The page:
In a bid to have access to higher weekly cash withdrawal limits, there is a possibility that some unregistered cash dependent MSMEs trading as individuals may take steps to convert to corporate entities, by registering their businesses as companies. This will result in more businesses being captured in the regulatory and tax nets, given the ongoing digitization and integration of the systems and processes of relevant agencies including the CBN, Corporate Affairs Commission (CAC), Trademarks Registry, Federal Inland Revenue Service (FIRS), Nigerian Customs Service (NCS), National Agency for Food and Drug Administration and Control (NAFDAC), etc. Where more corporate bank accounts are opened and more transactions done via e-Channels, it will become easier for tax authorities to have more accurate assessments of the tax obligations of businesses with respect to companies’ income tax (CIT), value added tax (VAT), withholding tax (WHT), education tax, etc.  However, many MSMEs may not yet be ready for the cost and tax implications of registering companies and whilst the relevant regulations seek to provide a more reduced cost profile for small businesses, more cost reduction may be required to cater for nano businesses who may now be forced to migrate to the formal corporate sector.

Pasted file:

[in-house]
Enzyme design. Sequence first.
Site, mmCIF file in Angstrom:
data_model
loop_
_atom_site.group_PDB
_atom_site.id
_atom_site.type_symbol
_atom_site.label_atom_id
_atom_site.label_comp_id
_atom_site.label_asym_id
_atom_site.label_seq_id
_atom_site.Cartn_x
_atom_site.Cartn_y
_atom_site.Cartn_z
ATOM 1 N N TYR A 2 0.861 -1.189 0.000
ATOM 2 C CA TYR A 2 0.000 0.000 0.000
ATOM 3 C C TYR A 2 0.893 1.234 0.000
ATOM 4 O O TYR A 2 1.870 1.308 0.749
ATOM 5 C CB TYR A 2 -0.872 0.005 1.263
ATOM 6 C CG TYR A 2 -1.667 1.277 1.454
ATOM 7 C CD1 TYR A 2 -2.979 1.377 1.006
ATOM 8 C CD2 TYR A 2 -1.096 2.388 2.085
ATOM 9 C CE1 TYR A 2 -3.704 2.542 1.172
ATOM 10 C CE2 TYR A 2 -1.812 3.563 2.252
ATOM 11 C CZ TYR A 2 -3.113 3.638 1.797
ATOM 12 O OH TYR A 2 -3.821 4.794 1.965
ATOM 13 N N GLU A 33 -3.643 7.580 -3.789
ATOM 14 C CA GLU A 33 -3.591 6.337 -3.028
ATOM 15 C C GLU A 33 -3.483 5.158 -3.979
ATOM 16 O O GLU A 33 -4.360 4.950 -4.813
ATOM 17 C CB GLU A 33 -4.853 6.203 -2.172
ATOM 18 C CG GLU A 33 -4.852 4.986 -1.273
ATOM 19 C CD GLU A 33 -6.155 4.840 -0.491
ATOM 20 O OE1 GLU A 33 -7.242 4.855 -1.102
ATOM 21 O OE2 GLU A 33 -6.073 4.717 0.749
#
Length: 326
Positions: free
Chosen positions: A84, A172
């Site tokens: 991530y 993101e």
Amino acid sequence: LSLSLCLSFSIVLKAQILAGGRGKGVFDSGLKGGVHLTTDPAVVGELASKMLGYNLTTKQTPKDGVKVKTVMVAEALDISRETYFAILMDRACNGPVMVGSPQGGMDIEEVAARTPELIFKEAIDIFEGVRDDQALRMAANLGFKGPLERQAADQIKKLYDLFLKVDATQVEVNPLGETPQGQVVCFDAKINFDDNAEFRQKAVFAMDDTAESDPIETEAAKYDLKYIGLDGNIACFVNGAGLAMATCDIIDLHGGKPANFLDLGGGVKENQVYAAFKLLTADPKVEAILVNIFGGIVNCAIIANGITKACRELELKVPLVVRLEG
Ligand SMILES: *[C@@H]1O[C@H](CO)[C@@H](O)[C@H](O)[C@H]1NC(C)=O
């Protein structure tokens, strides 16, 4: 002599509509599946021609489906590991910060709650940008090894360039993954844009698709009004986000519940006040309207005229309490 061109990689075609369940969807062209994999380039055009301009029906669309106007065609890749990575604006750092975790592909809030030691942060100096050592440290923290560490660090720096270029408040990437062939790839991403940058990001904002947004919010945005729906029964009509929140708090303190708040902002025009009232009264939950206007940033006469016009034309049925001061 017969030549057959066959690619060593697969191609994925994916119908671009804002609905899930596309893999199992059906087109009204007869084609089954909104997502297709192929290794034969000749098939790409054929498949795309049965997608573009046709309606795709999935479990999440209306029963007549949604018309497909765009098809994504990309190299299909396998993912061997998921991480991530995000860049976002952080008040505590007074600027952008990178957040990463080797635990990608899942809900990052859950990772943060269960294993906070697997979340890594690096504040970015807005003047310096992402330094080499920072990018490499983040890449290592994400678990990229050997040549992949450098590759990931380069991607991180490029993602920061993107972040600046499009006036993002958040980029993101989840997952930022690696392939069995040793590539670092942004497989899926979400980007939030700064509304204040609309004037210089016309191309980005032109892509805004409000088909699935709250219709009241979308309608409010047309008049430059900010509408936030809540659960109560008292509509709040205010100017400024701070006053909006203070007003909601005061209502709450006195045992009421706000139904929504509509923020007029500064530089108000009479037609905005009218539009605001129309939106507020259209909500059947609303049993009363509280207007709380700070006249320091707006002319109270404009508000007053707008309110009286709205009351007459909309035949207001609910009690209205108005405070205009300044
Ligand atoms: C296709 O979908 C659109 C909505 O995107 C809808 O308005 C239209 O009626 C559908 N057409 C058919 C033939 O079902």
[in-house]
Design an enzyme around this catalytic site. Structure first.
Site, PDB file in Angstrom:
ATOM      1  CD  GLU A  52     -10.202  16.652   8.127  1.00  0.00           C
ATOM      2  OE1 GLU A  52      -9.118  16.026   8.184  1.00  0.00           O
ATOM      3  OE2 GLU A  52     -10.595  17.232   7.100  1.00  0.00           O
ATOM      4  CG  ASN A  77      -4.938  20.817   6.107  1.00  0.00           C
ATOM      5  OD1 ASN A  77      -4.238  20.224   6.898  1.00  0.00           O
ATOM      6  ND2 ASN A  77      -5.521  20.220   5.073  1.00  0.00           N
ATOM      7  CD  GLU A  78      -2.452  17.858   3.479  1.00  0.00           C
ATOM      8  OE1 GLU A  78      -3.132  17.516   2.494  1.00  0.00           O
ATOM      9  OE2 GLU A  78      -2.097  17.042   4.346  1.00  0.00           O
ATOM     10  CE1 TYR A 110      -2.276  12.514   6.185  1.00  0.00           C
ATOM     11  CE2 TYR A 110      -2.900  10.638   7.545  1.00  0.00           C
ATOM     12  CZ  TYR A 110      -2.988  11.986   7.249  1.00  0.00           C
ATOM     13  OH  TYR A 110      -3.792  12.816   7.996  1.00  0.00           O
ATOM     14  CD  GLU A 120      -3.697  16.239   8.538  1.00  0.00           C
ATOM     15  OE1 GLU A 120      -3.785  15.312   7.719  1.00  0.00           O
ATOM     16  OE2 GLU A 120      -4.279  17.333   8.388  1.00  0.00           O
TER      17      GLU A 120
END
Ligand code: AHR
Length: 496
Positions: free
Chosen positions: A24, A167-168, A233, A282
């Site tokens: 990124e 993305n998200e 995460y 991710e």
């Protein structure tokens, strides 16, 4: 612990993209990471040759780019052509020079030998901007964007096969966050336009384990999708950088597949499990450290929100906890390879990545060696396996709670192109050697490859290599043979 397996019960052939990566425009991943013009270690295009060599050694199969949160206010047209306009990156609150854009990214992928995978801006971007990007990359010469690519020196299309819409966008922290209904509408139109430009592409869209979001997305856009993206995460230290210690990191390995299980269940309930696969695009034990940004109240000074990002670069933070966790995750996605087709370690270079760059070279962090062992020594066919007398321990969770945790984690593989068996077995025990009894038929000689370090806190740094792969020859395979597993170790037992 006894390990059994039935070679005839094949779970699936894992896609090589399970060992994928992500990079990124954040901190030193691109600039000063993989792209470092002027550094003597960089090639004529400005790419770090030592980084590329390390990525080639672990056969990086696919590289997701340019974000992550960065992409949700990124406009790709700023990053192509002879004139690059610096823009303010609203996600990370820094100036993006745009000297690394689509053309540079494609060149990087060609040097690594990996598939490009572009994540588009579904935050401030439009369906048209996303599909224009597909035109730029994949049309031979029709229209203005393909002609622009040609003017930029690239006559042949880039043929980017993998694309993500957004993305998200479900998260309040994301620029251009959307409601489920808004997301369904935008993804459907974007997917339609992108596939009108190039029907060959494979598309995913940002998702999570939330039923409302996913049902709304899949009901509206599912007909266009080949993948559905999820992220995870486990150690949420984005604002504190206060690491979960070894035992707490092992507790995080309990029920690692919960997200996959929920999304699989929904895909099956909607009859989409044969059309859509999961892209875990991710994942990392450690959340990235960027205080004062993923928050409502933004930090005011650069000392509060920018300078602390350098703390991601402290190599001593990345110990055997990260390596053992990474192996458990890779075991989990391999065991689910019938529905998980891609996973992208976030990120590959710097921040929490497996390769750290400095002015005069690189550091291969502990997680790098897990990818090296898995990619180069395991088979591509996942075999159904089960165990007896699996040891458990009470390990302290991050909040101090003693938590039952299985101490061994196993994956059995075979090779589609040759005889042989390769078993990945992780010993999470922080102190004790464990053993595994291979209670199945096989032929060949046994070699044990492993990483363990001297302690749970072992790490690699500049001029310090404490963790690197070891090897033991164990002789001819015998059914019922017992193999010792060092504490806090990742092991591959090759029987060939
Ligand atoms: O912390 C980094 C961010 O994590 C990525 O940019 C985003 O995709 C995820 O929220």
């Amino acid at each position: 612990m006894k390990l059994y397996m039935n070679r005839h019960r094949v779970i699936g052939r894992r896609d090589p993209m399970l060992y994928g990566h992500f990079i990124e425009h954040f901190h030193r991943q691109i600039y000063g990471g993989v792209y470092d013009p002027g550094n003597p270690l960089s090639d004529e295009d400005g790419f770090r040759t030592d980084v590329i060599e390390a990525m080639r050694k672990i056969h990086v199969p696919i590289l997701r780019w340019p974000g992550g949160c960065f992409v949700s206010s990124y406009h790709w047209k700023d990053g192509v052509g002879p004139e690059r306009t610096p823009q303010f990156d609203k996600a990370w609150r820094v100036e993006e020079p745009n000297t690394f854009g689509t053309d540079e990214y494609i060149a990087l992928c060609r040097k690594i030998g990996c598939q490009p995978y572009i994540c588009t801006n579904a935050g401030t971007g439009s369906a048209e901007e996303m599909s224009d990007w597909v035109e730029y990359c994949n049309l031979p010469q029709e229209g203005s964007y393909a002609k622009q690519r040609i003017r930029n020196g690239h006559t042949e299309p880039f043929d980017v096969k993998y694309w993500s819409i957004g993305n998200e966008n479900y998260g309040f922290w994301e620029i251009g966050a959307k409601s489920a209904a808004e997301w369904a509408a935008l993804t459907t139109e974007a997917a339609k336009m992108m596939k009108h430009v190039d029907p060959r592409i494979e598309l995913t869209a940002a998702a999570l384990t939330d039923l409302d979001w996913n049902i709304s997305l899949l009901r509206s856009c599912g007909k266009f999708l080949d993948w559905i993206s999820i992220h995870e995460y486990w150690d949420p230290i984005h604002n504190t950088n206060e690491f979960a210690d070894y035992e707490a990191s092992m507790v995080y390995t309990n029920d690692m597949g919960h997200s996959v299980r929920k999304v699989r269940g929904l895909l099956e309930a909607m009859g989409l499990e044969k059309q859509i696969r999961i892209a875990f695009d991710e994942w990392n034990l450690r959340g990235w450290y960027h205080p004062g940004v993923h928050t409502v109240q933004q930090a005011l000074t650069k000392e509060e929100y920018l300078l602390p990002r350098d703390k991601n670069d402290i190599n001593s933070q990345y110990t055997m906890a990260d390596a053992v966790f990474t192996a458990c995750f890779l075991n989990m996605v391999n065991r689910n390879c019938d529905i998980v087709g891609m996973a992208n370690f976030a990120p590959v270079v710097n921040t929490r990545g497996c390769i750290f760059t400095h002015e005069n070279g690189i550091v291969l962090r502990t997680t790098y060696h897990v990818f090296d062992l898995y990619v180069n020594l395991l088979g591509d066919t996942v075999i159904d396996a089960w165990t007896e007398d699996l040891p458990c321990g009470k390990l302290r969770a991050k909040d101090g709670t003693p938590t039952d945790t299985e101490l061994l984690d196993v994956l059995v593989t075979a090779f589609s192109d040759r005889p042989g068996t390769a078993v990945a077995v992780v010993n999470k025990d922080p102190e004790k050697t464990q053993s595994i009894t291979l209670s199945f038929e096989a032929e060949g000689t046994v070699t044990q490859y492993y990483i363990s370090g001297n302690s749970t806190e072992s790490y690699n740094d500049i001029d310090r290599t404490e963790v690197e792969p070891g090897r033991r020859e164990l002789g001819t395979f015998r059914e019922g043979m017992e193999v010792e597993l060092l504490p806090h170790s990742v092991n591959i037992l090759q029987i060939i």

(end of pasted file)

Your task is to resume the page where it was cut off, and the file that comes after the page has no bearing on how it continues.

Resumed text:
By the same token, commercial banks and OFIs are expected to take their governance, regulatory & compliance (GRC) obligations more seriously in the new regime. The likely occurrence of many above-the-limit cash withdrawals by businesses or individuals demands that financial institutions take extra steps regarding due diligence, KYC, AML/CFT, suspicious transaction reporting, and returns rendition, among others.

The Grey Matter Concept is an initiative of the law firm, Banwo & Ighodalo.

DISCLAIMER: This publication is only intended to provide general information on the subject matter and does not by itself create a client/attorney relationship between readers and our Law Firm or serve as legal advice. We are available to provide specific advice on the subject of this newsletter, as may be required.